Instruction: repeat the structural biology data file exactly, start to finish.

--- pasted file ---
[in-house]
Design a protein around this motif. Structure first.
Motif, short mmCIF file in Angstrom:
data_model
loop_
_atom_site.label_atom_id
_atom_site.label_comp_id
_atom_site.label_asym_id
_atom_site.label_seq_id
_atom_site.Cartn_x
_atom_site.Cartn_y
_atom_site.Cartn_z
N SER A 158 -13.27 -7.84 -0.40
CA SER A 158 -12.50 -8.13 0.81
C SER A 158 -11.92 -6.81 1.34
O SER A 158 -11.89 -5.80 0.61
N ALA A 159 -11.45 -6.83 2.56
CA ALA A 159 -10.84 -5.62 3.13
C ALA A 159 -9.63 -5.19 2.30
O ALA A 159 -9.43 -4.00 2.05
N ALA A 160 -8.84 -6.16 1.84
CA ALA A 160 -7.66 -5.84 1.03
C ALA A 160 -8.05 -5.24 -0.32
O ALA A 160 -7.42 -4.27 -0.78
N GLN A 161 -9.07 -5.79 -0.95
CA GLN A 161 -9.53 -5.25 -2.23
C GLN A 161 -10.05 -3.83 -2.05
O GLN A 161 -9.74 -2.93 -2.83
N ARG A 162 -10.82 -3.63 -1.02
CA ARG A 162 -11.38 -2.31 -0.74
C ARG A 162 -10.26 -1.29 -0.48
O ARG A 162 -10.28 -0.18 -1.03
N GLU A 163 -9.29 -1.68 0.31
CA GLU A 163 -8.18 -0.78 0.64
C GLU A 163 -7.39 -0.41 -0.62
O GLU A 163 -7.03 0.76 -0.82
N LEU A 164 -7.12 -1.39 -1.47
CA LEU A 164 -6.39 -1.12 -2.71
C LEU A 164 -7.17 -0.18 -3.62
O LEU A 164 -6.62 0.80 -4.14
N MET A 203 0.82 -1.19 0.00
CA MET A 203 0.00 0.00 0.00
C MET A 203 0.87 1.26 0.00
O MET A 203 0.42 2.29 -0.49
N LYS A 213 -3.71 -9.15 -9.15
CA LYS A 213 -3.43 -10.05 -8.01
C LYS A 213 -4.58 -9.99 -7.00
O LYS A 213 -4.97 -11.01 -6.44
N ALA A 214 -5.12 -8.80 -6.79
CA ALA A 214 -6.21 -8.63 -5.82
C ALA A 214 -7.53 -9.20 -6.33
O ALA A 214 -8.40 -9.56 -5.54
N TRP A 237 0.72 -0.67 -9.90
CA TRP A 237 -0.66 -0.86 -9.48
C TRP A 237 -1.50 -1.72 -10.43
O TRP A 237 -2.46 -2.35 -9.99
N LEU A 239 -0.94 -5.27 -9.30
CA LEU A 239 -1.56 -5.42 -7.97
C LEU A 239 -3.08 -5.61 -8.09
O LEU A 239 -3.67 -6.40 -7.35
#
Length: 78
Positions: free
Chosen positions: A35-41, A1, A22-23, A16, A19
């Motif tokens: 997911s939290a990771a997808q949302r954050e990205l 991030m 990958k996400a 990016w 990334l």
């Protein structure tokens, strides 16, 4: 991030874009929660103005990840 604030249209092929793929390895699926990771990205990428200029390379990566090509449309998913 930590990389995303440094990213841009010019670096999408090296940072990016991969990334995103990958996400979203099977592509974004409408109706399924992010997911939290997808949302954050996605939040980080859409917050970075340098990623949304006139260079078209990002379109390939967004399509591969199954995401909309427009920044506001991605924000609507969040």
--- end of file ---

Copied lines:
[in-house]
Design a protein around this motif. Structure first.
Motif, short mmCIF file in Angstrom:
data_model
loop_
_atom_site.label_atom_id
_atom_site.label_comp_id
_atom_site.label_asym_id
_atom_site.label_seq_id
_atom_site.Cartn_x
_atom_site.Cartn_y
_atom_site.Cartn_z
N SER A 158 -13.27 -7.84 -0.40
CA SER A 158 -12.50 -8.13 0.81
C SER A 158 -11.92 -6.81 1.34
O SER A 158 -11.89 -5.80 0.61
N ALA A 159 -11.45 -6.83 2.56
CA ALA A 159 -10.84 -5.62 3.13
C ALA A 159 -9.63 -5.19 2.30
O ALA A 159 -9.43 -4.00 2.05
N ALA A 160 -8.84 -6.16 1.84
CA ALA A 160 -7.66 -5.84 1.03
C ALA A 160 -8.05 -5.24 -0.32
O ALA A 160 -7.42 -4.27 -0.78
N GLN A 161 -9.07 -5.79 -0.95
CA GLN A 161 -9.53 -5.25 -2.23
C GLN A 161 -10.05 -3.83 -2.05
O GLN A 161 -9.74 -2.93 -2.83
N ARG A 162 -10.82 -3.63 -1.02
CA ARG A 162 -11.38 -2.31 -0.74
C ARG A 162 -10.26 -1.29 -0.48
O ARG A 162 -10.28 -0.18 -1.03
N GLU A 163 -9.29 -1.68 0.31
CA GLU A 163 -8.18 -0.78 0.64
C GLU A 163 -7.39 -0.41 -0.62
O GLU A 163 -7.03 0.76 -0.82
N LEU A 164 -7.12 -1.39 -1.47
CA LEU A 164 -6.39 -1.12 -2.71
C LEU A 164 -7.17 -0.18 -3.62
O LEU A 164 -6.62 0.80 -4.14
N MET A 203 0.82 -1.19 0.00
CA MET A 203 0.00 0.00 0.00
C MET A 203 0.87 1.26 0.00
O MET A 203 0.42 2.29 -0.49
N LYS A 213 -3.71 -9.15 -9.15
CA LYS A 213 -3.43 -10.05 -8.01
C LYS A 213 -4.58 -9.99 -7.00
O LYS A 213 -4.97 -11.01 -6.44
N ALA A 214 -5.12 -8.80 -6.79
CA ALA A 214 -6.21 -8.63 -5.82
C ALA A 214 -7.53 -9.20 -6.33
O ALA A 214 -8.40 -9.56 -5.54
N TRP A 237 0.72 -0.67 -9.90
CA TRP A 237 -0.66 -0.86 -9.48
C TRP A 237 -1.50 -1.72 -10.43
O TRP A 237 -2.46 -2.35 -9.99
N LEU A 239 -0.94 -5.27 -9.30
CA LEU A 239 -1.56 -5.42 -7.97
C LEU A 239 -3.08 -5.61 -8.09
O LEU A 239 -3.67 -6.40 -7.35
#
Length: 78
Positions: free
Chosen positions: A35-41, A1, A22-23, A16, A19
């Motif tokens: 997911s939290a990771a997808q949302r954050e990205l 991030m 990958k996400a 990016w 990334l």
């Protein structure tokens, strides 16, 4: 991030874009929660103005990840 604030249209092929793929390895699926990771990205990428200029390379990566090509449309998913 930590990389995303440094990213841009010019670096999408090296940072990016991969990334995103990958996400979203099977592509974004409408109706399924992010997911939290997808949302954050996605939040980080859409917050970075340098990623949304006139260079078209990002379109390939967004399509591969199954995401909309427009920044506001991605924000609507969040």